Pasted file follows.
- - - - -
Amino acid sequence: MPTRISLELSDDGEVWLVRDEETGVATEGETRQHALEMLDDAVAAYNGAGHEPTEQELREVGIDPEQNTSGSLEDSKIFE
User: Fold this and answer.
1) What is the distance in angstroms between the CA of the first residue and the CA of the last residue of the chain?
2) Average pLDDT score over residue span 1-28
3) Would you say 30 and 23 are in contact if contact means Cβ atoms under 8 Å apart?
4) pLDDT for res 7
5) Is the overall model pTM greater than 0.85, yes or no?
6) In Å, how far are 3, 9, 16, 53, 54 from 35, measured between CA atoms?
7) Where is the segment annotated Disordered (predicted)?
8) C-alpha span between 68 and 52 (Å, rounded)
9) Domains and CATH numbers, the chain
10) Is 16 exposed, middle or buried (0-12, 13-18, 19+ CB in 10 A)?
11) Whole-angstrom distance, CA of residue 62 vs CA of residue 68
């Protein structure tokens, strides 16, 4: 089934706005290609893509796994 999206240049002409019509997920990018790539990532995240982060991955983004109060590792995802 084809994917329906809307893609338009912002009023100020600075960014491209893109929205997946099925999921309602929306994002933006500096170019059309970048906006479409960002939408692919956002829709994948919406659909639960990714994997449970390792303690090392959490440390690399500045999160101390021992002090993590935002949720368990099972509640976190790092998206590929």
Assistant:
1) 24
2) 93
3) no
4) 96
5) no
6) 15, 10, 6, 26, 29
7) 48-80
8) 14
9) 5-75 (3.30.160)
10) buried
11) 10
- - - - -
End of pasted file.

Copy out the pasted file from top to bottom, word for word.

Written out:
Amino acid sequence: MPTRISLELSDDGEVWLVRDEETGVATEGETRQHALEMLDDAVAAYNGAGHEPTEQELREVGIDPEQNTSGSLEDSKIFE
User: Fold this and answer.
1) What is the distance in angstroms between the CA of the first residue and the CA of the last residue of the chain?
2) Average pLDDT score over residue span 1-28
3) Would you say 30 and 23 are in contact if contact means Cβ atoms under 8 Å apart?
4) pLDDT for res 7
5) Is the overall model pTM greater than 0.85, yes or no?
6) In Å, how far are 3, 9, 16, 53, 54 from 35, measured between CA atoms?
7) Where is the segment annotated Disordered (predicted)?
8) C-alpha span between 68 and 52 (Å, rounded)
9) Domains and CATH numbers, the chain
10) Is 16 exposed, middle or buried (0-12, 13-18, 19+ CB in 10 A)?
11) Whole-angstrom distance, CA of residue 62 vs CA of residue 68
């Protein structure tokens, strides 16, 4: 089934706005290609893509796994 999206240049002409019509997920990018790539990532995240982060991955983004109060590792995802 084809994917329906809307893609338009912002009023100020600075960014491209893109929205997946099925999921309602929306994002933006500096170019059309970048906006479409960002939408692919956002829709994948919406659909639960990714994997449970390792303690090392959490440390690399500045999160101390021992002090993590935002949720368990099972509640976190790092998206590929």
Assistant:
1) 24
2) 93
3) no
4) 96
5) no
6) 15, 10, 6, 26, 29
7) 48-80
8) 14
9) 5-75 (3.30.160)
10) buried
11) 10